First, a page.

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From the category archives: Glen Argan

Glen Argan

Quick judgments about God's wrath ignore mystery of suffering

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December 1, 2014

The mysterious man walked into the church after Communion, loudly announced, "Ebola is God's punishment" and then left. There are two problems here (three, if you include his lack of respect for people at worship and for the God they worship) – bad theology and racism. To say people suffer because God is punishing them for their sins is a quick, easy and idiotic judgment. This is not to say that God does not care about evil. If God loves good, he must hate evil. God is passionately concerned about each person and whether he or she chooses good or evil. Scripture, both New and Old Testaments, includes several accounts of people who were punished for turning away from God.

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Pope preaches uncompromising Gospel

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December 1, 2014

For some Catholics at least, there exists the frightening prospect that the media is right about Pope Francis – that the pope is trying to make it easier to live the Gospel, that he wants to water down the faith and that he wants Catholics to get in step with modern society. There was, of course, the famous "Who am I to judge?" comment the pope made shortly after his election in relation to homosexual activity. Now, there is the prospect that it might become easier to obtain a Church annulment or possibly even for divorced and remarried people to be welcomed at Communion without having their first marriage annulled. Some fear all this means that the pope wants to alter Church teaching.

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Are English-speakers rising in Rome?

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December 1, 2014

The appointment of English Archbishop Paul Gallagher to the Vatican's equivalent of a foreign minister has been heralded as part of the rise of English-speaking bishops in key Roman positions. Gallagher's appointment comes shortly after Australian Cardinal George Pell was put in charge of the Holy See's finances. However, it was not long ago that two Americans held top Vatican posts – Cardinal William Levada as prefect of the Congregation for the Doctrine of the Faith and Cardinal Raymond Burke as head of the Church's supreme court. Levada retired and Burke was shifted to a lesser role as patron of the Knights of Malta.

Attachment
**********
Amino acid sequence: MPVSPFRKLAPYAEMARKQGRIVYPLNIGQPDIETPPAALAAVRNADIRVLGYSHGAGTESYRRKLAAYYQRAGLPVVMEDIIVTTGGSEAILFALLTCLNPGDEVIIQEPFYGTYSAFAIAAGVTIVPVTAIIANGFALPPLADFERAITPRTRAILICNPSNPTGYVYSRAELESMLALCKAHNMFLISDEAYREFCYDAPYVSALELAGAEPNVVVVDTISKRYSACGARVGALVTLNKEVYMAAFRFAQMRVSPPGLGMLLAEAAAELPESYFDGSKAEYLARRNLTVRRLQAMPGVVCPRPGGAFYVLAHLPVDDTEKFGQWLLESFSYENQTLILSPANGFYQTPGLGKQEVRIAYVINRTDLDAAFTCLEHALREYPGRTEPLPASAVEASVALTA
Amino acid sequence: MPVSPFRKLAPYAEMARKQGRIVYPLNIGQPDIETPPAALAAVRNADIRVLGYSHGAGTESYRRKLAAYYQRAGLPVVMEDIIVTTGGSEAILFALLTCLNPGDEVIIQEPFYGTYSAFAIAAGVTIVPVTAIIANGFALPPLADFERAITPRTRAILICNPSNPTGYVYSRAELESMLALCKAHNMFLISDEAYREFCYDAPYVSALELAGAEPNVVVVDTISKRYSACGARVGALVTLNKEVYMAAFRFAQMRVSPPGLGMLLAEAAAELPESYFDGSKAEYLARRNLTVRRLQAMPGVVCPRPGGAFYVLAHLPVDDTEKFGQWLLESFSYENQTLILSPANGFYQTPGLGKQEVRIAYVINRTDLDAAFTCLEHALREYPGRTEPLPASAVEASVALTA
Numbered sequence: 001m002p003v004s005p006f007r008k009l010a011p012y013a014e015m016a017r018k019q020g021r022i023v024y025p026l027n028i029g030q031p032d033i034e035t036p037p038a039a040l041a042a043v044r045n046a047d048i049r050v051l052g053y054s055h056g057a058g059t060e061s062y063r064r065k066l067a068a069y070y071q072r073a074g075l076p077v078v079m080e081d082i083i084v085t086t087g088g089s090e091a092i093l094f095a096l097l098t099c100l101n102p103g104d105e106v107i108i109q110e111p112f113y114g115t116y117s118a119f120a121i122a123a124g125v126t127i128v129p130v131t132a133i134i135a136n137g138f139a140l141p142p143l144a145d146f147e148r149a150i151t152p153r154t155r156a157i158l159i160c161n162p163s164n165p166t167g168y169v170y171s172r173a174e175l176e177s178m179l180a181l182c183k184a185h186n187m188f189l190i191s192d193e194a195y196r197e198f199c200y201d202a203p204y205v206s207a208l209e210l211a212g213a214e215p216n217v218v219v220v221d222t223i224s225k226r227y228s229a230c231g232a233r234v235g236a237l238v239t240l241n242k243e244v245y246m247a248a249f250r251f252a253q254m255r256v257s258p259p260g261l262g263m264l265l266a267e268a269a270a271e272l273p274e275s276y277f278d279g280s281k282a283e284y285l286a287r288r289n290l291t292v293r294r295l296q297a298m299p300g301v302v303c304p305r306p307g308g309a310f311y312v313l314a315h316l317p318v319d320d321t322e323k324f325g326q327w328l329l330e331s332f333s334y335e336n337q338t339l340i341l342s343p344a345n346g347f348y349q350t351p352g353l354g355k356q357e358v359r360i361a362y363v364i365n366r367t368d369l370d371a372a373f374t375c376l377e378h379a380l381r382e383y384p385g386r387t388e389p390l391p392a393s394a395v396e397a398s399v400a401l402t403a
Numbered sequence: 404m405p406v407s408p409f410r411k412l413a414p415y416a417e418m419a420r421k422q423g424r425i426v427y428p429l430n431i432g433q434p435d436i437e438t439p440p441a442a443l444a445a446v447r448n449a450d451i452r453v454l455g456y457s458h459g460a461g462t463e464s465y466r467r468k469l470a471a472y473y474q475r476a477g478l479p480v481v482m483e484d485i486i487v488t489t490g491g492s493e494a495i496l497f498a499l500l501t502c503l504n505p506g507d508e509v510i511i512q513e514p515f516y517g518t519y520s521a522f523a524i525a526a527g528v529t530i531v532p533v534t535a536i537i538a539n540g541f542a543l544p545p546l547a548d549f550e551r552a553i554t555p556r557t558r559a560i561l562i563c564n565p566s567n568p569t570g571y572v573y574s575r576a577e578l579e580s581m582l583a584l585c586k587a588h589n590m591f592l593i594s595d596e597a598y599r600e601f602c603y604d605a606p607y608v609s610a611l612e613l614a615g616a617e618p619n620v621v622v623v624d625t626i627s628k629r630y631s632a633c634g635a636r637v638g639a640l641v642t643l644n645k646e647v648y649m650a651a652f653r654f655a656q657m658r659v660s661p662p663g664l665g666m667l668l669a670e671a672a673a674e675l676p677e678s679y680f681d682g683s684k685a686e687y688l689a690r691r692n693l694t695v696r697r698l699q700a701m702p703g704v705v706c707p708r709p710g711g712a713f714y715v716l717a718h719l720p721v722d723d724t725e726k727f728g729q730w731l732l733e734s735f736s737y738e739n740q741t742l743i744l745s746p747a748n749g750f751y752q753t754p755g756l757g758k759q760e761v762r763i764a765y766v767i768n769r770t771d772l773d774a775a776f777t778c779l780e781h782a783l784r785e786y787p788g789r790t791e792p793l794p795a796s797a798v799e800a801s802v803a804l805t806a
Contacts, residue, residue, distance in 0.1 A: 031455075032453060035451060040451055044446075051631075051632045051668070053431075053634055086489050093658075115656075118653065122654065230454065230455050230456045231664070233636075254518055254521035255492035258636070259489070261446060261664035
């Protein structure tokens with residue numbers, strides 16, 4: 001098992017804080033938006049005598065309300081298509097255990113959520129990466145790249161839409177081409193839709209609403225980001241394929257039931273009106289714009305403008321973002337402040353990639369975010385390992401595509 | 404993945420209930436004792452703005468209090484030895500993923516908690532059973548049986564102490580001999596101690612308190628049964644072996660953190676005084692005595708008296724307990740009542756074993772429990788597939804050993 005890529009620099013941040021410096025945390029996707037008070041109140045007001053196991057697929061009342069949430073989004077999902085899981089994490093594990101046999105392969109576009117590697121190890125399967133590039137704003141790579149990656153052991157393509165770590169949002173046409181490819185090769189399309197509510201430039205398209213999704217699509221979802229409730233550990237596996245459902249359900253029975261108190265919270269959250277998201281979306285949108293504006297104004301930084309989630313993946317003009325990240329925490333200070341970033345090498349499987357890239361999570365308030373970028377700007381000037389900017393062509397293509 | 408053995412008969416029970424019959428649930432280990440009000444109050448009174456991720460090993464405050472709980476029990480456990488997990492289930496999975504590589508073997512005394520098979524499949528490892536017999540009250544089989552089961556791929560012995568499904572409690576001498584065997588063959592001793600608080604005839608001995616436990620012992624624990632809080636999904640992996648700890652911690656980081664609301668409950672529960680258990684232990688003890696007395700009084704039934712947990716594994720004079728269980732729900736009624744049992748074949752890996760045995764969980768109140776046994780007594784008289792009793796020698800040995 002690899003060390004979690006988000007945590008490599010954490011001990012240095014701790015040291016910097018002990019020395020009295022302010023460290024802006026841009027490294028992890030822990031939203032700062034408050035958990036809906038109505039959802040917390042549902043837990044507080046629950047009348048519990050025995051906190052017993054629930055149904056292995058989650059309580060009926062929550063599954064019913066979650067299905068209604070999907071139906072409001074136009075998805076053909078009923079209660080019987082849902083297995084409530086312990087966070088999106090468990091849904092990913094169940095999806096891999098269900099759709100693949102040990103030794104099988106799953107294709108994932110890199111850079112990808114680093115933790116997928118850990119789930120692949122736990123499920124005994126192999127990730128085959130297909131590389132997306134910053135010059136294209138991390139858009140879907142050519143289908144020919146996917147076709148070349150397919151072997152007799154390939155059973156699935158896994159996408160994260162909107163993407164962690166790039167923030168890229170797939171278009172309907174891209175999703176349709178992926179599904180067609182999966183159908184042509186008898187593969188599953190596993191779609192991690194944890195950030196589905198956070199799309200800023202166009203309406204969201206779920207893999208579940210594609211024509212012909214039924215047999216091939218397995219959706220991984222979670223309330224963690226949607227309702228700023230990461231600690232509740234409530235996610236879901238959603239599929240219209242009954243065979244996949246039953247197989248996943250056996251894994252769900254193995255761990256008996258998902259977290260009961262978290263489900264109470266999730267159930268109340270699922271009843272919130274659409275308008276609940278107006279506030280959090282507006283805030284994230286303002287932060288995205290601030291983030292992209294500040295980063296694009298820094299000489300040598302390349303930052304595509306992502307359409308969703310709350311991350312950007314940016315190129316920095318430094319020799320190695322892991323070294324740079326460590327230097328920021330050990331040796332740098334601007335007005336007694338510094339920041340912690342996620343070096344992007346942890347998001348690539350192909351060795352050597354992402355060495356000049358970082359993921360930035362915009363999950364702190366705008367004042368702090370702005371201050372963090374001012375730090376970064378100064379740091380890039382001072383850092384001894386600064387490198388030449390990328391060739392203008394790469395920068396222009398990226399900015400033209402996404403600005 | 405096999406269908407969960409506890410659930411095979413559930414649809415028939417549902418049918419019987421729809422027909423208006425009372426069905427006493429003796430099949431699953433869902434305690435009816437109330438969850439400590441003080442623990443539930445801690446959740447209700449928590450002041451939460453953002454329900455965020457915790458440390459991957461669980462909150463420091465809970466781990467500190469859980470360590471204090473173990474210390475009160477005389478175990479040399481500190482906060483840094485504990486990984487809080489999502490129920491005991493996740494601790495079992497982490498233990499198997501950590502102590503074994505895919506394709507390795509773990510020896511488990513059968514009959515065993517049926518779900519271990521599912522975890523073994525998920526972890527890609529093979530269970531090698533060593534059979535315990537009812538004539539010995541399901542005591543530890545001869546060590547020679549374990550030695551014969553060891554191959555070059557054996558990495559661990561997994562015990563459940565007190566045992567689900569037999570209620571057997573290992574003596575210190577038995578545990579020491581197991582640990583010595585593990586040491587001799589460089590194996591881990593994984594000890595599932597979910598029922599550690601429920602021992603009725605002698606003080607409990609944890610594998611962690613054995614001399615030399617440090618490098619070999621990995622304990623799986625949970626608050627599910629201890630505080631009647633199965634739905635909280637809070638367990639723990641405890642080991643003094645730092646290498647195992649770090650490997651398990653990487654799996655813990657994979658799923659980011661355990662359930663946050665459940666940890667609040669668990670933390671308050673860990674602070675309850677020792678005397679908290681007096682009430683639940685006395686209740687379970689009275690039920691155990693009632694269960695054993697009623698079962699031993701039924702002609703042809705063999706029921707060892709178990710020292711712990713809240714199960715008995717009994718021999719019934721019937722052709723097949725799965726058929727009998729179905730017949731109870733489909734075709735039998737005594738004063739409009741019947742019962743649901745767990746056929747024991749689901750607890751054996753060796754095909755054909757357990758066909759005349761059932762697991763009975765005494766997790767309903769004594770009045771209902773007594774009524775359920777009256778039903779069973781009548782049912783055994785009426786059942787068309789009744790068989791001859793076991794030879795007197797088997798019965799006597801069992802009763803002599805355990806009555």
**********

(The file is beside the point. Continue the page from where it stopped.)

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Mistrust of converts provides context for Guadalupe visions

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December 1, 2014
GLEN ARGAN
WESTERN CATHOLIC REPORTER

In his 1999 apostolic exhortation Ecclesia in America, St. John Paul II referred to Our Lady of Guadalupe as the hope for the new evangelization in the Americas. Mary's appearance to St. Juan Diego at the Aztec holy site of Tepeyac in 1531 had a decisive effect in bringing the Gospel to the indigenous peoples of present-day Mexico. In the document, the pope prayed that Mary's intercession would lead to an outpouring of the Holy Spirit "so that the new evangelization may yield a splendid flowering of Christian life." Indeed, the image of Mary miraculously emblazoned on Juan Diego's cloak was replete with symbols from the Aztec culture. The Church did not even have to deliberately accommodate its presentation of the Holy Virgin to the Aztec people; Mary had done the job.

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Religious persecution calls for faith, reason to embrace each other

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November 17, 2014

The 20th-century historian Arnold Toynbee once wrote, "The things that make good headlines are on the surface of the stream of life, and they distract us from the slower, impalpable, imponderable movements that work below the surface and penetrate to the depths." Yet, these slower movements are what affect society most deeply. That is why the 2014 report of Aid to the Church in Need (ACN) on the state of religious freedom in the world ought to be of great concern. (See story on Page 11.) While religious persecution does make headlines, this does not happen enough to make it apparent that this is a great issue of our time.

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Woman clothed with the sun battles against cosmic evil

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November 17, 2014